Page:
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Andrew Zimmern Slams The Michelin Guide, Thinks It’s Becoming ‘Irrelevant’

The Michelin Guide has long been considered one of the most reputable lists of the top restaurants in the world. However, it has come under harsh criticism in recent years, particularly with the Guide’s low number of female-headed eateries, and the pressure that has driven chefs to request being taken off of the list.

You can now add chef, author, and TV personality Andrew Zimmern to that list of critics, as he just took the Michelin Guide (amongst others) to town in an interview with Extra Crispy.

A post shared by Andrew Zimmern (@chefaz) on

“I do not believe Michelin stars are relevant anymore at all,” he said, calling out the Michelin Guide and the San Pellegrino 100, another prestigious list of restaurants, in the interview.

Zimmern feels that these guides are growing out of touch because of the vast amount of territory they choose to not cover.

“You look at the vast majority of restaurants in the San Pellegrino 100 for example, or the vast number of restaurants that have received Michelin stars, and they ignore such a large volume of the world’s culinary scene, it’s shocking to me. South Asia, Africa, and even with as much South American representation as there is, so much is ignored. I’m really stunned by it.”

To Zimmern, these guides and their restaurants are just the “tip of the spear” as to what food really can be. That makes sense, given how little global coverage the Michelin version actually has. It only covers 25 different countries in total, and even then, has guides more specific to cities rather than entire nations. Even in the United States, culinary bastions like Charleston and Austin get stiffed because no guide for their town exists, and the food can be just as good or even better than the restaurants getting stars in other locations.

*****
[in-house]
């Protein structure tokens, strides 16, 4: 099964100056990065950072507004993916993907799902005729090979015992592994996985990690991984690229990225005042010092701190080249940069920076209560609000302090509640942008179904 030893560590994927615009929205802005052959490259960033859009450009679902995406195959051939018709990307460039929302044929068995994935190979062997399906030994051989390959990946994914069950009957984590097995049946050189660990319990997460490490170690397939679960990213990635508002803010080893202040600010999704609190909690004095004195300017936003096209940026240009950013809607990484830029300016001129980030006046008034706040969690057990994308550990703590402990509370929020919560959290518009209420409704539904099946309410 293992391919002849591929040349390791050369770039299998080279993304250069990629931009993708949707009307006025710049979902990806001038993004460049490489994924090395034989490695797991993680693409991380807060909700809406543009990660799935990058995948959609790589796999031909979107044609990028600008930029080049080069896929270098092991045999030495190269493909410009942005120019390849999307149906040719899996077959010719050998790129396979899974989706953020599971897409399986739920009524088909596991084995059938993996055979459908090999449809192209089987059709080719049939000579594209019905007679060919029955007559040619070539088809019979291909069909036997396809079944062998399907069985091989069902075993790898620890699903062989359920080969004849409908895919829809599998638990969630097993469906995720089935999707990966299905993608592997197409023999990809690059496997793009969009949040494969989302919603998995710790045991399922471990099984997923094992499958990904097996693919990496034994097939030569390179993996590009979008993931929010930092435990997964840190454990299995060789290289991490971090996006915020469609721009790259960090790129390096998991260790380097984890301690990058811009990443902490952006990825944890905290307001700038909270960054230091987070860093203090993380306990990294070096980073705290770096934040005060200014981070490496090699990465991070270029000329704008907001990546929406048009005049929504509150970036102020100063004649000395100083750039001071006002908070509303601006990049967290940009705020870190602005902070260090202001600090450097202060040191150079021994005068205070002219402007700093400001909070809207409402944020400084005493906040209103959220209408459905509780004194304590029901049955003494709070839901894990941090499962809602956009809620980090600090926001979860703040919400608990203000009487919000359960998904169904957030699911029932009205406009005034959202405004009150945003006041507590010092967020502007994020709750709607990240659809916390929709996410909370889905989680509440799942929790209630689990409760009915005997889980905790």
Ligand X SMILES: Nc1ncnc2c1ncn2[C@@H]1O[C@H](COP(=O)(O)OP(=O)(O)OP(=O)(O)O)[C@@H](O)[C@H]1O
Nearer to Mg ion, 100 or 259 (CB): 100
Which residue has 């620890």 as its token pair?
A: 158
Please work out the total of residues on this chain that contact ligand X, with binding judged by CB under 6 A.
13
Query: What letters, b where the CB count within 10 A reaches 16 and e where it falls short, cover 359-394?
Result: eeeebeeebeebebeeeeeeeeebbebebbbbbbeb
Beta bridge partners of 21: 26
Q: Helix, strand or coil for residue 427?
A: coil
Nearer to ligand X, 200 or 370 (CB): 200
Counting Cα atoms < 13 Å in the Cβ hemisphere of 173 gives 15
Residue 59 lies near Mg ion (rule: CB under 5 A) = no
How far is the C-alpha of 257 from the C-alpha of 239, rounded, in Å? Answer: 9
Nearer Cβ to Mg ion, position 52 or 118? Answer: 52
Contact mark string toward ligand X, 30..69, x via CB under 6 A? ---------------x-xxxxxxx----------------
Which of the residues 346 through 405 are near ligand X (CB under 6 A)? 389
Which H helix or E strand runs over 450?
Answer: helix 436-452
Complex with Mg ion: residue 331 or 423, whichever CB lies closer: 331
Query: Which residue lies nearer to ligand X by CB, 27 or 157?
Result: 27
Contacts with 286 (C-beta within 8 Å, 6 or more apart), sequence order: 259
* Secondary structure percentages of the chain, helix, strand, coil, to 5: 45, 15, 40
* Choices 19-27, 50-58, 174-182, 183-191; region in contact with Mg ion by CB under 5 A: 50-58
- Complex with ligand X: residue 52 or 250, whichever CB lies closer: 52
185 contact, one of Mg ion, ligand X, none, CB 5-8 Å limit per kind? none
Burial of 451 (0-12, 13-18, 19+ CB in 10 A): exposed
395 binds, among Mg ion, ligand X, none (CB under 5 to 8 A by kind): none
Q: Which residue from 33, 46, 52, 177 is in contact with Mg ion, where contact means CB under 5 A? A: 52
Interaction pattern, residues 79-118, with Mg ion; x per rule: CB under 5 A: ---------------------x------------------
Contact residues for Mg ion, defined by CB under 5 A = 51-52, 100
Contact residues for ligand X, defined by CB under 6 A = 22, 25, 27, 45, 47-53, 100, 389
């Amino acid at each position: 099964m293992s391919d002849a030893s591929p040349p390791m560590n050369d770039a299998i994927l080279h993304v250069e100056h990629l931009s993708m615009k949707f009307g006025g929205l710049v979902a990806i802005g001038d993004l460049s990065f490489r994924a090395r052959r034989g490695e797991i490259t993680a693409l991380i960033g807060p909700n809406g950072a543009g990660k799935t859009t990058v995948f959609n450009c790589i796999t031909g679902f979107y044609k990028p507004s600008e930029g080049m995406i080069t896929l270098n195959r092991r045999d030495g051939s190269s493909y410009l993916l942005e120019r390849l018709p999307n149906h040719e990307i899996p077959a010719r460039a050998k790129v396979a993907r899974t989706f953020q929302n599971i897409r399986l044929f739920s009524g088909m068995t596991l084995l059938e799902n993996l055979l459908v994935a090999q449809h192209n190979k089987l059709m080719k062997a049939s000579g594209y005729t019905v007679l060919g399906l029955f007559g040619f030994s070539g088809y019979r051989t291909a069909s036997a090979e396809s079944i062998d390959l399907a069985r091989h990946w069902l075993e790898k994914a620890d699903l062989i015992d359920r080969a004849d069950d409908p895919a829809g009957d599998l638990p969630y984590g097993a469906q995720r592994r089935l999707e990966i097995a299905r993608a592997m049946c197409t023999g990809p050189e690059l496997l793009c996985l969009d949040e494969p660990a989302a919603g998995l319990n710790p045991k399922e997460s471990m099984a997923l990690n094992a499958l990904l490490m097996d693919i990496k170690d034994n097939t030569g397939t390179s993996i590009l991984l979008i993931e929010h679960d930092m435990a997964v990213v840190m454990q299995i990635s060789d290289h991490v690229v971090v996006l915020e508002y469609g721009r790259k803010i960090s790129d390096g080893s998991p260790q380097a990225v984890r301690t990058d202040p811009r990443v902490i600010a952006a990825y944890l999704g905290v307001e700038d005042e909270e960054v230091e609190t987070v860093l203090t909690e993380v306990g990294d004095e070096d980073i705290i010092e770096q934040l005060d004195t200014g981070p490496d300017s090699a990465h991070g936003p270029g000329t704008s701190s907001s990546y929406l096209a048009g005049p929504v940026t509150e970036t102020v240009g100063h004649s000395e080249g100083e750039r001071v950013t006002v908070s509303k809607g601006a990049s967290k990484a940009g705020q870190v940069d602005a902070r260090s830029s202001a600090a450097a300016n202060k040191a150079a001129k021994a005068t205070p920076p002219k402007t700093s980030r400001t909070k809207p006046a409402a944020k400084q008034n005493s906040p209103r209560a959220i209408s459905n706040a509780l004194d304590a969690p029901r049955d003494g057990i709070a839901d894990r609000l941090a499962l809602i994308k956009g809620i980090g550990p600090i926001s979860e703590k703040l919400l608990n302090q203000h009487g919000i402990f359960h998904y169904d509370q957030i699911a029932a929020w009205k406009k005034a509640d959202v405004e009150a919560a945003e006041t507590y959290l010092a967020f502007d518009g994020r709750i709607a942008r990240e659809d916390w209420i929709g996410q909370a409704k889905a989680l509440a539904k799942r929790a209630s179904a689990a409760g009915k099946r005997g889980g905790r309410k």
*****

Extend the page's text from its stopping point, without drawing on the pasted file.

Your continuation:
Zimmern also feels that “ethnicity, ethnocentrism, and sexism” has become “extremely hurtful” in how those guides are constructed. “You don’t have to look very closely at any of it to see that it’s an old white boys’ club,” he said.

So if you are looking for some of the top food wherever you are, what do you turn to if not the Michelin Guide or the San Pellegrino 100? “You have a cell phone,” Zimmern says, describing it as the best tool to find the tastiest eats in your area. “You can access food writers, chefs, line cooks, and local publications in three minutes on Twitter to vet the five best eating experiences in any city or town in the world.”

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As for the guides, Zimmern believes he can lend a hand in making them more relevant.

“There are not many people who are well suited to critique how that list is done,” he states, “I happen to think that I’m one of them. The reason that I do and say that is because I’m actually traveling all over the world eating at these places.”

It’s a spicy take from Zimmern to call out those prestigious guides in such a way, but it may be a wake-up call that they can use to diversify their lists to make them more contemporary.

By Constantine Spyrou

Constantine's life revolves around eating, studying, and talking about food. He's obsessed with eggs, gyros, and the future of food.